Rutgers cancels Adidas contract sighting overseas conflict | Professional | -- Your State. Your News.

May 22nd
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Rutgers cancels Adidas contract sighting overseas conflict


Rutgers University President Robert L. Barchi has announced the cancellation of the school’s contract with Adidas because of allegations that the company denied severance pay to overseas workers.

The PT Kizone plant in Indonesia was closed down in 2011, and more than 2,800 employees lost their jobs.

According to, Adidas owes $1.8 million in severance pay to the workers. Nike and the Dallas Cowboys had also been involved with the factory, and have paid severance to the employees.

Students representing the Rutgers United Students Against Sweatshops had been protesting in the University bookstore for about ten days before Barchi responded. His letter said, according to The Daily Targum, “We expect the companies with which the university has a trademark license agreement to respect and uphold the labor and legal rights of workers producing Rutgers-branded products, and Adidas’s actions are not in keeping with this expectation.”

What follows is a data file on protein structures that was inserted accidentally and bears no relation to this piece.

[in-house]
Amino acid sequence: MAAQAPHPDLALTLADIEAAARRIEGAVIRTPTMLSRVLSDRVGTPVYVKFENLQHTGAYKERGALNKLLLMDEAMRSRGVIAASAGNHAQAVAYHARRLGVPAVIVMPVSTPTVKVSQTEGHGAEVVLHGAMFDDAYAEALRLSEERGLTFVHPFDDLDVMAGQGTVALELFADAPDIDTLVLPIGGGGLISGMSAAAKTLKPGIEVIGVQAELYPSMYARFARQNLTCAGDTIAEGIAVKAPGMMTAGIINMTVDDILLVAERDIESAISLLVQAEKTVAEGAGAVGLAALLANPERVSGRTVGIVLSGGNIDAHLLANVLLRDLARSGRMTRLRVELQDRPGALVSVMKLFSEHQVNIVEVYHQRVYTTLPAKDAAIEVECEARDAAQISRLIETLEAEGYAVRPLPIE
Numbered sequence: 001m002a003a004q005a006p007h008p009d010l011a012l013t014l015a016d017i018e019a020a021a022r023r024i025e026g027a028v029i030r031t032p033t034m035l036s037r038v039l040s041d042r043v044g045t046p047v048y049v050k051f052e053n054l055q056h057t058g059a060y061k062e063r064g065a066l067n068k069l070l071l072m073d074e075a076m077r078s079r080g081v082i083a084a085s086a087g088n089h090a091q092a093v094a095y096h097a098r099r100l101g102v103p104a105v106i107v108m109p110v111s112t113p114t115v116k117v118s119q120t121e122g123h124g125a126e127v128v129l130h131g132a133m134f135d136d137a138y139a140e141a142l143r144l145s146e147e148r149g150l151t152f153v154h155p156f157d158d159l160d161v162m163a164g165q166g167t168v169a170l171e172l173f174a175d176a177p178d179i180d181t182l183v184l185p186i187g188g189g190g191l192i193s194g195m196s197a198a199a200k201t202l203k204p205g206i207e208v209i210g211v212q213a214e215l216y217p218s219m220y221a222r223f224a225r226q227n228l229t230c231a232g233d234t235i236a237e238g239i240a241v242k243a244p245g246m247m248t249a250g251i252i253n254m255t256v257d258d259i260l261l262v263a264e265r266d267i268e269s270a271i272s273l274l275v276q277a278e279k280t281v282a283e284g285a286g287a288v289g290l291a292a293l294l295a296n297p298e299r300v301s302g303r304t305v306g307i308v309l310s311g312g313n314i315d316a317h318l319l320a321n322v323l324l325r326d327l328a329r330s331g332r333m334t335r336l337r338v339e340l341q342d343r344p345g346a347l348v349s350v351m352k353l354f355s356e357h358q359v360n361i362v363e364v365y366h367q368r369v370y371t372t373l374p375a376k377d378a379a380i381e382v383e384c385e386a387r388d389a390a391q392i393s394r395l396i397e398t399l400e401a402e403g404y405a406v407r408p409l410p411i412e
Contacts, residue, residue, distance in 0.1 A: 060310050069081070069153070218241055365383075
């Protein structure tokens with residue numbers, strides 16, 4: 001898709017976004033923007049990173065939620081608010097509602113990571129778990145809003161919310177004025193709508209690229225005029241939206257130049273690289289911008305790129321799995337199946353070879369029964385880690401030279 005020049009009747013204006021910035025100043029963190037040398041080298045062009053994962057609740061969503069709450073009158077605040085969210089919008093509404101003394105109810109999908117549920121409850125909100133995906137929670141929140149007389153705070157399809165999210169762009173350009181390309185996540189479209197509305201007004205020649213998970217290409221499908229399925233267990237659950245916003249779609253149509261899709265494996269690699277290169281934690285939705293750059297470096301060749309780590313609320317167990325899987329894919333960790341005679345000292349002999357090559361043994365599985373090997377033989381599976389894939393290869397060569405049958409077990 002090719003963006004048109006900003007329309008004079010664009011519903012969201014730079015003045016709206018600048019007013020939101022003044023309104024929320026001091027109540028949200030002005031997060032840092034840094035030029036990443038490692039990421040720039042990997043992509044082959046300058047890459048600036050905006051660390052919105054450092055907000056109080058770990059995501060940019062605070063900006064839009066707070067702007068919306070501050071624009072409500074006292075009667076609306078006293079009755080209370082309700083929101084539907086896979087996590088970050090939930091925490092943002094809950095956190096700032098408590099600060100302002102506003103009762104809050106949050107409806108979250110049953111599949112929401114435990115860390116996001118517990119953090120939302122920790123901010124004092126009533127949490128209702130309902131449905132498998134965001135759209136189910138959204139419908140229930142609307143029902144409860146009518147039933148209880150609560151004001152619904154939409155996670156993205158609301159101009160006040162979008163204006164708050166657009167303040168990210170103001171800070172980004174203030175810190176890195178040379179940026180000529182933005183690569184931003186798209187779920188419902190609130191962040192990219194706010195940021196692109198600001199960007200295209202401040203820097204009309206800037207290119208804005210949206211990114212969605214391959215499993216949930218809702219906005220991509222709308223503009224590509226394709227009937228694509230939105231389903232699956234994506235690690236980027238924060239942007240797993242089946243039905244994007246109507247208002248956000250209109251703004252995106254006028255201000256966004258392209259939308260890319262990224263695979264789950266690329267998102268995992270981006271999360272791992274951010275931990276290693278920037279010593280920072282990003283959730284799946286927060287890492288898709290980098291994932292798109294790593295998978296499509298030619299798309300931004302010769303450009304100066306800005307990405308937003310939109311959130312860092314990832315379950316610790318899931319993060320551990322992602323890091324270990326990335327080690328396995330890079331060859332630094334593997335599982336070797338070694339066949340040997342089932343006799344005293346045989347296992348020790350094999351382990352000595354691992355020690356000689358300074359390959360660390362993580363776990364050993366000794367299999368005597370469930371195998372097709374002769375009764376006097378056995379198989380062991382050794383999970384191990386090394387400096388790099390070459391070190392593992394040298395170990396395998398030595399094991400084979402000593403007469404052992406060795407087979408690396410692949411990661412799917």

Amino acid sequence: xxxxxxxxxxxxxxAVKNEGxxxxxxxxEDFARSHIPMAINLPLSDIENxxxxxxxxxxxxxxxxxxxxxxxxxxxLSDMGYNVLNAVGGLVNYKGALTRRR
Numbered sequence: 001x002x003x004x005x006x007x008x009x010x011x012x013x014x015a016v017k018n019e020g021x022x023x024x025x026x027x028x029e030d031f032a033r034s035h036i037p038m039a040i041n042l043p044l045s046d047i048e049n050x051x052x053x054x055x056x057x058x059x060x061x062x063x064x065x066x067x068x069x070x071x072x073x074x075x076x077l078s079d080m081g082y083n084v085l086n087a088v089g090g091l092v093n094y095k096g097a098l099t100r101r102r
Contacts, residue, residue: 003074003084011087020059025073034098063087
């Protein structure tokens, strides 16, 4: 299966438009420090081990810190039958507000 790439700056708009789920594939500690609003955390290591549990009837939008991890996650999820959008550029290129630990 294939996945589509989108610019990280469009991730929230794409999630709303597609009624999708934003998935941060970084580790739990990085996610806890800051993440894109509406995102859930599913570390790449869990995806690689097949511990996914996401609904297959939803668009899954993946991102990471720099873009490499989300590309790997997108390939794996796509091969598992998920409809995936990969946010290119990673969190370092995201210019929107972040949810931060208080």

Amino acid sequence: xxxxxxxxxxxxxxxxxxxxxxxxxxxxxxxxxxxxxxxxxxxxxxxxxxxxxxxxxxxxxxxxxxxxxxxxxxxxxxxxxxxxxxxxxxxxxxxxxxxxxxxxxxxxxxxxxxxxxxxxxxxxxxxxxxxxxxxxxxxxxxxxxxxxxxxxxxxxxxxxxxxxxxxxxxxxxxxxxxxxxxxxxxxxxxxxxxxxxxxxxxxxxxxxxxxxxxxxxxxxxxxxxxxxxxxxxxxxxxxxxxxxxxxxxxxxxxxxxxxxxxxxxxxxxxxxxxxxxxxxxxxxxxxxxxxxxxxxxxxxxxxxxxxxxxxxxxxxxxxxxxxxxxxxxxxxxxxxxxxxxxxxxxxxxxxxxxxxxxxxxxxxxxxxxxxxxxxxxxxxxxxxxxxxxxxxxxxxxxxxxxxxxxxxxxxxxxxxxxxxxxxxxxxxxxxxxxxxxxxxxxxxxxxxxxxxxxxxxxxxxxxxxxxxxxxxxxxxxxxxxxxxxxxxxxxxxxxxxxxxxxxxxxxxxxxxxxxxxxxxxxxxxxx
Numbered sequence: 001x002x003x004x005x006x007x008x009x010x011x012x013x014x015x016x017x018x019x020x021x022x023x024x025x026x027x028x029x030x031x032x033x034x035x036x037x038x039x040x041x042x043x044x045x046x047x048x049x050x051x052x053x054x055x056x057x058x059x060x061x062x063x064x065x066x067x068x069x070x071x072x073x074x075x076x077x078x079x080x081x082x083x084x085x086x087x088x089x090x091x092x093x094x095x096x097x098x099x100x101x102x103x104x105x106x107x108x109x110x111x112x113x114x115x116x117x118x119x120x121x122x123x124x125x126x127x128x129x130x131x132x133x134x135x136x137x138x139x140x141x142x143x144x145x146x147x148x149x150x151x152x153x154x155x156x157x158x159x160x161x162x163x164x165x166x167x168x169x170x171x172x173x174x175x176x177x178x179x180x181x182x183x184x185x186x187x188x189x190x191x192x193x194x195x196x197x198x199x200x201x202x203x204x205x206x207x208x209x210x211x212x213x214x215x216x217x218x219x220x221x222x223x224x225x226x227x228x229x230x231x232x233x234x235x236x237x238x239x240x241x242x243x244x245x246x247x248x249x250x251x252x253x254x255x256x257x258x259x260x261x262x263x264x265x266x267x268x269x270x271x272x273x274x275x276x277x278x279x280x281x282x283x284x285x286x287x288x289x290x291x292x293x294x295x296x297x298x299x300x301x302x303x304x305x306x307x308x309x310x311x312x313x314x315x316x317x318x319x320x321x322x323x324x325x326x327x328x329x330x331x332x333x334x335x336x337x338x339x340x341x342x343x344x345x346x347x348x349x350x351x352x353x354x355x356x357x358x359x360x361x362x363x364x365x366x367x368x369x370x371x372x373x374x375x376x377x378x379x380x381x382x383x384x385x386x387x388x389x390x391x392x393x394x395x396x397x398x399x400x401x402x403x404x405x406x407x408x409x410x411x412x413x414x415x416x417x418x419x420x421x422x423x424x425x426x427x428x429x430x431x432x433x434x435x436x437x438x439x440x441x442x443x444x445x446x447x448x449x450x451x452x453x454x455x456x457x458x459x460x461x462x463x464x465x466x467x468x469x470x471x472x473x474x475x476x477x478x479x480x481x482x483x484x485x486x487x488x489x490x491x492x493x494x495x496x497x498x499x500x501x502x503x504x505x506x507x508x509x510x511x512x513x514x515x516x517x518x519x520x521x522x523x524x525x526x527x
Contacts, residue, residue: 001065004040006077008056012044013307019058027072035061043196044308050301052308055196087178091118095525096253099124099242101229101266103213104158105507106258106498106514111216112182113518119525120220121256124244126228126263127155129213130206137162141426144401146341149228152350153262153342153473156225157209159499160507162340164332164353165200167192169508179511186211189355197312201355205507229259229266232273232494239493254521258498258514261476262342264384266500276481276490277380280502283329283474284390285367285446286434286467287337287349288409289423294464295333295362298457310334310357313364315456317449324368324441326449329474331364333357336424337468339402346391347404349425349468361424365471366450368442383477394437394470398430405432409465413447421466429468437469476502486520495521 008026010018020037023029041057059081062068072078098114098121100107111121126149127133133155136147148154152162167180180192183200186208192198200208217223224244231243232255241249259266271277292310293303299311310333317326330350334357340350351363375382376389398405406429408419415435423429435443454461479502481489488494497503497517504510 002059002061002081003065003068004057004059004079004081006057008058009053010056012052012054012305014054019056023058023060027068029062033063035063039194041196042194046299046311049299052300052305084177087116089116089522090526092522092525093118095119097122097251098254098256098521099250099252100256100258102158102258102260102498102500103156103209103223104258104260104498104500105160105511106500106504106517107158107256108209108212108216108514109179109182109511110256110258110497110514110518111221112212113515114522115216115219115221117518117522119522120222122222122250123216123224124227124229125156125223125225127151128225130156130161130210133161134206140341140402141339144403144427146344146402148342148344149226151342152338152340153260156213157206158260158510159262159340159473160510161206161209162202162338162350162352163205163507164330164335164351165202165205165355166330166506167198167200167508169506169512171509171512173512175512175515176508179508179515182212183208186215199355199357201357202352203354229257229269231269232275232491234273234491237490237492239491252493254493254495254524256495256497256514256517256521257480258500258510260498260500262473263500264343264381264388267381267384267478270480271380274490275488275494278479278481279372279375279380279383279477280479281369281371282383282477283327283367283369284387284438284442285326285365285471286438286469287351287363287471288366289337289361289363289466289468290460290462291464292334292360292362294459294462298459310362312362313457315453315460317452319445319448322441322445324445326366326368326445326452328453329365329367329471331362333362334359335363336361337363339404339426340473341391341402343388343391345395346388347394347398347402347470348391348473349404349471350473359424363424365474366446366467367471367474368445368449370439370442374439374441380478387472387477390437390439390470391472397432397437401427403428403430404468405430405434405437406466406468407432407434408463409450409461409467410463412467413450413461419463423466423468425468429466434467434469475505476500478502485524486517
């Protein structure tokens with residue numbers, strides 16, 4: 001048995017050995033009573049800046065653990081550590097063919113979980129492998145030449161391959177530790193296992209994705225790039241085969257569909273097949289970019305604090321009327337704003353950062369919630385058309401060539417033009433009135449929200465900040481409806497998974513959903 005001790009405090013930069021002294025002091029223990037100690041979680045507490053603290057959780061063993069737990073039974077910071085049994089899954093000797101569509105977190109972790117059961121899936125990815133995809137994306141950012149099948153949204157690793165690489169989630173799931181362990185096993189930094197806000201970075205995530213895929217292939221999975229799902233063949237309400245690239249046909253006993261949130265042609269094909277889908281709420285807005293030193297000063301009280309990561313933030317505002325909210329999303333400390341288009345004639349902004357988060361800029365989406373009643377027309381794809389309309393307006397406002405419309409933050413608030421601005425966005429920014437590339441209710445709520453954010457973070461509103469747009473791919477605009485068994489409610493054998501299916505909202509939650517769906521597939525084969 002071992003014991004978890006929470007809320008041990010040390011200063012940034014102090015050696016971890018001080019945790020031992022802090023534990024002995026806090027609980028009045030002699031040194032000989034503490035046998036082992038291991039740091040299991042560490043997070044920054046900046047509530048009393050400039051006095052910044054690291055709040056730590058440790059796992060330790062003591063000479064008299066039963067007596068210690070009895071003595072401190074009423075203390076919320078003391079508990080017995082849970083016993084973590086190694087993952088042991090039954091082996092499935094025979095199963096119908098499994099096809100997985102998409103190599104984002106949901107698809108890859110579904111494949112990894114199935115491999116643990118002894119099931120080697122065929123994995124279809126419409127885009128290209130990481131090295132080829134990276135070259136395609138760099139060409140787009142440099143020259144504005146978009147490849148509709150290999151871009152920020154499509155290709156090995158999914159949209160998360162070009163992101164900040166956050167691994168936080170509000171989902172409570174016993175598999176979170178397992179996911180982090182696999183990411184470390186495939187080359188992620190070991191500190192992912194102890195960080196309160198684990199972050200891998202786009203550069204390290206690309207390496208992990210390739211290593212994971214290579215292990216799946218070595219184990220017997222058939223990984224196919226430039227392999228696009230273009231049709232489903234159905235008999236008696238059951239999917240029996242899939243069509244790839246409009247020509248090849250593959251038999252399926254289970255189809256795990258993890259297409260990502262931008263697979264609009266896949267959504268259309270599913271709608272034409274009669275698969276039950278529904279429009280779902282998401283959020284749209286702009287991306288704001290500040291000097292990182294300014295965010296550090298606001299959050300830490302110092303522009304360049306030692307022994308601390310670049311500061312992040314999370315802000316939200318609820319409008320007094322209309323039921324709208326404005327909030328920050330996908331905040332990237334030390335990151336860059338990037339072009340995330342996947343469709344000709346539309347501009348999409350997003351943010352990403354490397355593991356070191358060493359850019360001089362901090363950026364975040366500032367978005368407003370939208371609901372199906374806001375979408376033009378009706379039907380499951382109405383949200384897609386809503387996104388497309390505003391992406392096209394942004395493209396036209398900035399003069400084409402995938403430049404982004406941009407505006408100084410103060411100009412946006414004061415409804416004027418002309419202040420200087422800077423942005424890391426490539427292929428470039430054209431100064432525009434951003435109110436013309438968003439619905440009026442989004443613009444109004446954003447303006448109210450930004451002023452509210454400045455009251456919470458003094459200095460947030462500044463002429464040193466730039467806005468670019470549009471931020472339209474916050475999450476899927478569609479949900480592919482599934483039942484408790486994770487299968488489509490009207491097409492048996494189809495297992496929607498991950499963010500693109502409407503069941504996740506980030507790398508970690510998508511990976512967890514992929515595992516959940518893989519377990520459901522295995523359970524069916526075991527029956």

Barchi said the school’s Trademark Licensing Office would work with the Collegiate Licensing Company to end Rutgers’ licensing agreement with Adidas.

Adidas had their own opinion of the situation. They said the factory had been “unethically closed and abandoned by its owner, not the by the Adidas Group” months after Adidas stopped placing orders there.

“We honored all terms of our contract, paying the factory owners every penny owed for the business we did,” Adidas said, according to “We cannot assume the liability for the severance owed by the former owner of PT Kizone who violated Indonesian law and fled.”

Rutgers took in about $11,000 in fees from Adidas last year for its school apparel.

The Seattle Times reported that the University of Washington has also severed their agreement with the company, becoming the fourth university to take such action. Cornell University will also not be renewing with Adidas, along with Oberlin College. And the University of Michigan is reviewing their $60 million contract with Adidas.


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